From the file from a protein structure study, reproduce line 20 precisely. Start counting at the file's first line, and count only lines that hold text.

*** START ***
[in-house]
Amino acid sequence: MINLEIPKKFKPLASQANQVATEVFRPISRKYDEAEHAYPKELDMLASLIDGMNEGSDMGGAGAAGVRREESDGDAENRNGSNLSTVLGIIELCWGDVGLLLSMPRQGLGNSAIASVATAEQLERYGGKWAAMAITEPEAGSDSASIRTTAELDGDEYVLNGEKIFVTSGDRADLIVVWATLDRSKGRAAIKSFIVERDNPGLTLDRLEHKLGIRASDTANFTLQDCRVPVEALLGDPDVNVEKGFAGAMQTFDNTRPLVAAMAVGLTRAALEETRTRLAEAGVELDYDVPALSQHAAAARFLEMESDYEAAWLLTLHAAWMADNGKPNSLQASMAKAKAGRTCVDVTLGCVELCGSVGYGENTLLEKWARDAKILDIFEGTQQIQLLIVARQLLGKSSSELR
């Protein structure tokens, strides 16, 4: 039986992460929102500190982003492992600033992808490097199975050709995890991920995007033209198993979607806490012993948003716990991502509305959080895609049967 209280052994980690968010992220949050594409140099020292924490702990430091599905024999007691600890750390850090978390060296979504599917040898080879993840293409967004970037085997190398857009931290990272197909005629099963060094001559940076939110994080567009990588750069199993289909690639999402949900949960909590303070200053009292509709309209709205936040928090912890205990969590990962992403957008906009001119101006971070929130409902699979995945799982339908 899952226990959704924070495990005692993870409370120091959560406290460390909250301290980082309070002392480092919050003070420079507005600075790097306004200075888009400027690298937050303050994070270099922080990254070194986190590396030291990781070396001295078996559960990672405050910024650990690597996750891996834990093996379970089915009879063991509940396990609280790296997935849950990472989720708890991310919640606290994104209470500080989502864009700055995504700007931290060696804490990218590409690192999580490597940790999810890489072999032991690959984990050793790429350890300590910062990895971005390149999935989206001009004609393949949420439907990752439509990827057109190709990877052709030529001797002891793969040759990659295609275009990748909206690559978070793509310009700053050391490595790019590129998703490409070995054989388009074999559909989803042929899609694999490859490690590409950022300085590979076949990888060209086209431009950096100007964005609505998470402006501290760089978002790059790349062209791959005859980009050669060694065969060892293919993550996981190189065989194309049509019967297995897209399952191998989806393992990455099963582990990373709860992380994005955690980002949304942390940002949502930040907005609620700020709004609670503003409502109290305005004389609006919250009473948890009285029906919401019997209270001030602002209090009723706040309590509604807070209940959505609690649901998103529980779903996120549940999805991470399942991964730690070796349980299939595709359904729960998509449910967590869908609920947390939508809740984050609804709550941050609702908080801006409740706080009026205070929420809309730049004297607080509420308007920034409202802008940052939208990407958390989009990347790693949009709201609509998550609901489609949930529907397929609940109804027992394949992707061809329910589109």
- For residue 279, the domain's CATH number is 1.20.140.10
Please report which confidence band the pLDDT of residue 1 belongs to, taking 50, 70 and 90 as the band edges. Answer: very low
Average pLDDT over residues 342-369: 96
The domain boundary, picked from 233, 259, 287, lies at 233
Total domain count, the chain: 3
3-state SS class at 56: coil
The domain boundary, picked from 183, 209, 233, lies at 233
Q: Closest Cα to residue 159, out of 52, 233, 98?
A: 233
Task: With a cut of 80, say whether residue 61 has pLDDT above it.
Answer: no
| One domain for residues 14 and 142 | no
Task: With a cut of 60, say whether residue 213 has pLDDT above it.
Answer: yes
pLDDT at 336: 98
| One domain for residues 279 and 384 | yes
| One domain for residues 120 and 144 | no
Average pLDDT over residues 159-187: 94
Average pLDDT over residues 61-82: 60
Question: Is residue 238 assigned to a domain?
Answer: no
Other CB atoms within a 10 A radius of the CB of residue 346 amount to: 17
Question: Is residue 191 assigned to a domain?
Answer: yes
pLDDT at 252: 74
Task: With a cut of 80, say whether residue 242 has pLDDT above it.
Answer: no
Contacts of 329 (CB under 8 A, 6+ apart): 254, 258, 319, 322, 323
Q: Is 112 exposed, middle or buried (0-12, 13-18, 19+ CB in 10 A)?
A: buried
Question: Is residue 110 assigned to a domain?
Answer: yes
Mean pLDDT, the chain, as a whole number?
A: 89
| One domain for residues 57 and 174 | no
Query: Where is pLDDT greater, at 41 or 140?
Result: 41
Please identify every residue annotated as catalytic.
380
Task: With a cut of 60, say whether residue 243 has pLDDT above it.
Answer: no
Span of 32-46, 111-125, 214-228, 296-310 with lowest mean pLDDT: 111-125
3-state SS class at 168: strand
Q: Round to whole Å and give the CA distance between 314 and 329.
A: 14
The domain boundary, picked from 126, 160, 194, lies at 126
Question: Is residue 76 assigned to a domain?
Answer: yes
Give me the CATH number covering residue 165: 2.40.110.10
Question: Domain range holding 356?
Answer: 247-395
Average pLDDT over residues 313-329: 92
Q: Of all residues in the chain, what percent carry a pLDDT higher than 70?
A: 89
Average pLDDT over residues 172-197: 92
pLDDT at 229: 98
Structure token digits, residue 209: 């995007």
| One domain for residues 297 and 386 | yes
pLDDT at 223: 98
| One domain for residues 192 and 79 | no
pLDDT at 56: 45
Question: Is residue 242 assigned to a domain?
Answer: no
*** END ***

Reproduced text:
| One domain for residues 120 and 144 | no